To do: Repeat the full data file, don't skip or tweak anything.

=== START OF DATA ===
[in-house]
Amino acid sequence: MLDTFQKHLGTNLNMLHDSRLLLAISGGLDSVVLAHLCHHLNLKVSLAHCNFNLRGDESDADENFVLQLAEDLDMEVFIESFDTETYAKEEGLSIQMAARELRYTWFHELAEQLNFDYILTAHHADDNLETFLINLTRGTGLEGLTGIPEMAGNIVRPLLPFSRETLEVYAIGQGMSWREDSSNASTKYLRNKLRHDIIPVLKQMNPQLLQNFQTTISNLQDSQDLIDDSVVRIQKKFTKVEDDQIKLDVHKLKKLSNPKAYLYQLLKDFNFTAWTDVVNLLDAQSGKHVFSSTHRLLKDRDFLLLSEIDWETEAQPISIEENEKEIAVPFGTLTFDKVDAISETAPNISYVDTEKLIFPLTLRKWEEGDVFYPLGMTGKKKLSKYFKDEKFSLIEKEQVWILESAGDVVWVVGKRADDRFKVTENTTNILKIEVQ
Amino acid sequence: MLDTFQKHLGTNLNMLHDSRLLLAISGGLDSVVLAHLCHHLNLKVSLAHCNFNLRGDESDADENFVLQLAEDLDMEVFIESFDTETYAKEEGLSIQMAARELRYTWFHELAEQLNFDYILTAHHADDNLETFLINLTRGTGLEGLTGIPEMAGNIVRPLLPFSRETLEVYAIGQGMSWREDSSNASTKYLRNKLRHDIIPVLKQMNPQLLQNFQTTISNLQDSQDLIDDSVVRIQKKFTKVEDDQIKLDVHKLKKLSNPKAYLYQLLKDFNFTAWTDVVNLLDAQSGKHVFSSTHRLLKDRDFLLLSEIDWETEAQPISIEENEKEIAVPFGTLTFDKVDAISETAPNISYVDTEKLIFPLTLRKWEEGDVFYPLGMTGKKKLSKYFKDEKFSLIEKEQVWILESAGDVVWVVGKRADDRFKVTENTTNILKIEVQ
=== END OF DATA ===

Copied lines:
[in-house]
Amino acid sequence: MLDTFQKHLGTNLNMLHDSRLLLAISGGLDSVVLAHLCHHLNLKVSLAHCNFNLRGDESDADENFVLQLAEDLDMEVFIESFDTETYAKEEGLSIQMAARELRYTWFHELAEQLNFDYILTAHHADDNLETFLINLTRGTGLEGLTGIPEMAGNIVRPLLPFSRETLEVYAIGQGMSWREDSSNASTKYLRNKLRHDIIPVLKQMNPQLLQNFQTTISNLQDSQDLIDDSVVRIQKKFTKVEDDQIKLDVHKLKKLSNPKAYLYQLLKDFNFTAWTDVVNLLDAQSGKHVFSSTHRLLKDRDFLLLSEIDWETEAQPISIEENEKEIAVPFGTLTFDKVDAISETAPNISYVDTEKLIFPLTLRKWEEGDVFYPLGMTGKKKLSKYFKDEKFSLIEKEQVWILESAGDVVWVVGKRADDRFKVTENTTNILKIEVQ
Amino acid sequence: MLDTFQKHLGTNLNMLHDSRLLLAISGGLDSVVLAHLCHHLNLKVSLAHCNFNLRGDESDADENFVLQLAEDLDMEVFIESFDTETYAKEEGLSIQMAARELRYTWFHELAEQLNFDYILTAHHADDNLETFLINLTRGTGLEGLTGIPEMAGNIVRPLLPFSRETLEVYAIGQGMSWREDSSNASTKYLRNKLRHDIIPVLKQMNPQLLQNFQTTISNLQDSQDLIDDSVVRIQKKFTKVEDDQIKLDVHKLKKLSNPKAYLYQLLKDFNFTAWTDVVNLLDAQSGKHVFSSTHRLLKDRDFLLLSEIDWETEAQPISIEENEKEIAVPFGTLTFDKVDAISETAPNISYVDTEKLIFPLTLRKWEEGDVFYPLGMTGKKKLSKYFKDEKFSLIEKEQVWILESAGDVVWVVGKRADDRFKVTENTTNILKIEVQ